In November 1942 the British 1st Army, with the 1st, 2nd and 3rd Parachute Battalions (1st Parachute Brigade) attached, invaded French Morocco and Algeria (Operation Torch). The British airborne operations in North Africa started on 12 November, when the 3rd Battalion carried out the first battalion sized parachute drop, on Bone airfield between Algiers and Tunis. In February 1943, the brigade deployed as normal infantry, serving in the front lines for the rest of the Tunisian Campaign. They fought notable actions at Bou Arada and Tamerza against German paratroopers where they earned the nickname “Die Roten Teufel” (the Red Devils).
Private Cother died on 26 February 1943. As he has no known grave, Private Cother is commemorated on the Medjez-el-Bab Memorial, Tunisia.
GEORGE WILLIAM FAULDER
Born in Hertfordshire. Son of Percy and Lily Faulder. Brother of Archie Edward Faulder.
Private George William Faulder, 1st Battalion Leicestershire Regiment, died on 12 February 1942, thee days before Singapore surrendered to the Japanese army. The 1st Battalion was a Regular Army unit stationed in the Far East on the outbreak of the Second World War. The battalion fought the Japanese in the Malayan Campaign in early 1942 and sustained heavy casualties, temporarily amalgamating with the 2nd Battalion, East Surrey Regiment to create the British Battalion which was, however, later captured and the men of both battalions remained as prisoners of war (POWs) for the rest of the war. Age 27. Has no known grave, so is commemorated on the Singapore Memorial.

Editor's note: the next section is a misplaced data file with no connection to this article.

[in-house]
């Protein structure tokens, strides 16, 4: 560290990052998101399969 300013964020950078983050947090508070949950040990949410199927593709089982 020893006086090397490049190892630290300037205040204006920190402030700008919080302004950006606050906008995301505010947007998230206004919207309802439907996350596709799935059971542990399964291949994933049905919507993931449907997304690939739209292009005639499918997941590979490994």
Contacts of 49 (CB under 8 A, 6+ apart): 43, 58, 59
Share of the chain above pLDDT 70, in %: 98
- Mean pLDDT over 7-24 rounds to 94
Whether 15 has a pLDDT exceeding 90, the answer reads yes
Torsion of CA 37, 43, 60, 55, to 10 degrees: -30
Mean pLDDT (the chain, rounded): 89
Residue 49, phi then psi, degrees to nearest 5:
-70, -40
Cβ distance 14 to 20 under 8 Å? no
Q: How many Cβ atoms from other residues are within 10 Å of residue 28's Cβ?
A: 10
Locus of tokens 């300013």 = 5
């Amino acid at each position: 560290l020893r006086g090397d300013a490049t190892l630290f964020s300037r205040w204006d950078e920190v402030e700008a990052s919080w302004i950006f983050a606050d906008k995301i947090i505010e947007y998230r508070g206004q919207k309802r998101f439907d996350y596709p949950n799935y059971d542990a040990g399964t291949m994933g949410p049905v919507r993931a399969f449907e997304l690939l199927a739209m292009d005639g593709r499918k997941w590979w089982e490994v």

ARCHIE EDWARD FAULDER
Born in Hertfordshire. Son of Percy and Lily Faulder. Brother of George William Faulder. Married to Alice Faulder, Gateshead, Co. Durham.
Guardsman Archie Edward Faulder, 3rd Battalion Grenadier Guards, died on 10 June 1944. Age 23. Buried in Bolsena War Cemetery, Italy. The inscription chosen for his CWGC headstore: “No verse can say, No flowers repay, What we have lost. Loving Wife and Son”.
JOHN EDWARD NEWLAND
Born in Hertfordshire. Son of Samuel and Honor May Newland.